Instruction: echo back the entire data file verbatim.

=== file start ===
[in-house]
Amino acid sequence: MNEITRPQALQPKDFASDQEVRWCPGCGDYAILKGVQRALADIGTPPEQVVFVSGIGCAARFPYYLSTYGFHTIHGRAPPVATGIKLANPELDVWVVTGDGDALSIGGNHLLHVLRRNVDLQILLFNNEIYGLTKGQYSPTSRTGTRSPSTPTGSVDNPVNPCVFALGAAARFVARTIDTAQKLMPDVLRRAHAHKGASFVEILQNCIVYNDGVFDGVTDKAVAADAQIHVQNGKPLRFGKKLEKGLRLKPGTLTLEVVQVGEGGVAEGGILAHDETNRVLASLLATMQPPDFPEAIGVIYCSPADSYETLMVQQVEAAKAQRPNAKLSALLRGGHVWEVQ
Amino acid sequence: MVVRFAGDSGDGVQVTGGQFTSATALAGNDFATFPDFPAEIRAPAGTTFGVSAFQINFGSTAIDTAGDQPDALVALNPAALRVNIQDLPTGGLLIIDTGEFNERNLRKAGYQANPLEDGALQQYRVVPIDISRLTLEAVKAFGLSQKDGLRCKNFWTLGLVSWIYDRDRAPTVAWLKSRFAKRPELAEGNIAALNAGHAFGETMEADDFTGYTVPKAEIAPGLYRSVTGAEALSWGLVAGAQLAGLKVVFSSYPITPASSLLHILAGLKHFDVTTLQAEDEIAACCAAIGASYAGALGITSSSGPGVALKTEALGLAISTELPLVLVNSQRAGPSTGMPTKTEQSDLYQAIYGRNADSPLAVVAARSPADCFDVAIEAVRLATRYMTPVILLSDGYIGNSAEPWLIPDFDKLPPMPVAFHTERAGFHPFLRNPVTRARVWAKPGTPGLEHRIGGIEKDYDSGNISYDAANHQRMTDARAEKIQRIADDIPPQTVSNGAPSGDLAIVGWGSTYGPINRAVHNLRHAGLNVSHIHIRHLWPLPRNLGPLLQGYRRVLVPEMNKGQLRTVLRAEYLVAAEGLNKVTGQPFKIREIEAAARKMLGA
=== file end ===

[in-house]
Amino acid sequence: MNEITRPQALQPKDFASDQEVRWCPGCGDYAILKGVQRALADIGTPPEQVVFVSGIGCAARFPYYLSTYGFHTIHGRAPPVATGIKLANPELDVWVVTGDGDALSIGGNHLLHVLRRNVDLQILLFNNEIYGLTKGQYSPTSRTGTRSPSTPTGSVDNPVNPCVFALGAAARFVARTIDTAQKLMPDVLRRAHAHKGASFVEILQNCIVYNDGVFDGVTDKAVAADAQIHVQNGKPLRFGKKLEKGLRLKPGTLTLEVVQVGEGGVAEGGILAHDETNRVLASLLATMQPPDFPEAIGVIYCSPADSYETLMVQQVEAAKAQRPNAKLSALLRGGHVWEVQ
Amino acid sequence: MVVRFAGDSGDGVQVTGGQFTSATALAGNDFATFPDFPAEIRAPAGTTFGVSAFQINFGSTAIDTAGDQPDALVALNPAALRVNIQDLPTGGLLIIDTGEFNERNLRKAGYQANPLEDGALQQYRVVPIDISRLTLEAVKAFGLSQKDGLRCKNFWTLGLVSWIYDRDRAPTVAWLKSRFAKRPELAEGNIAALNAGHAFGETMEADDFTGYTVPKAEIAPGLYRSVTGAEALSWGLVAGAQLAGLKVVFSSYPITPASSLLHILAGLKHFDVTTLQAEDEIAACCAAIGASYAGALGITSSSGPGVALKTEALGLAISTELPLVLVNSQRAGPSTGMPTKTEQSDLYQAIYGRNADSPLAVVAARSPADCFDVAIEAVRLATRYMTPVILLSDGYIGNSAEPWLIPDFDKLPPMPVAFHTERAGFHPFLRNPVTRARVWAKPGTPGLEHRIGGIEKDYDSGNISYDAANHQRMTDARAEKIQRIADDIPPQTVSNGAPSGDLAIVGWGSTYGPINRAVHNLRHAGLNVSHIHIRHLWPLPRNLGPLLQGYRRVLVPEMNKGQLRTVLRAEYLVAAEGLNKVTGQPFKIREIEAAARKMLGA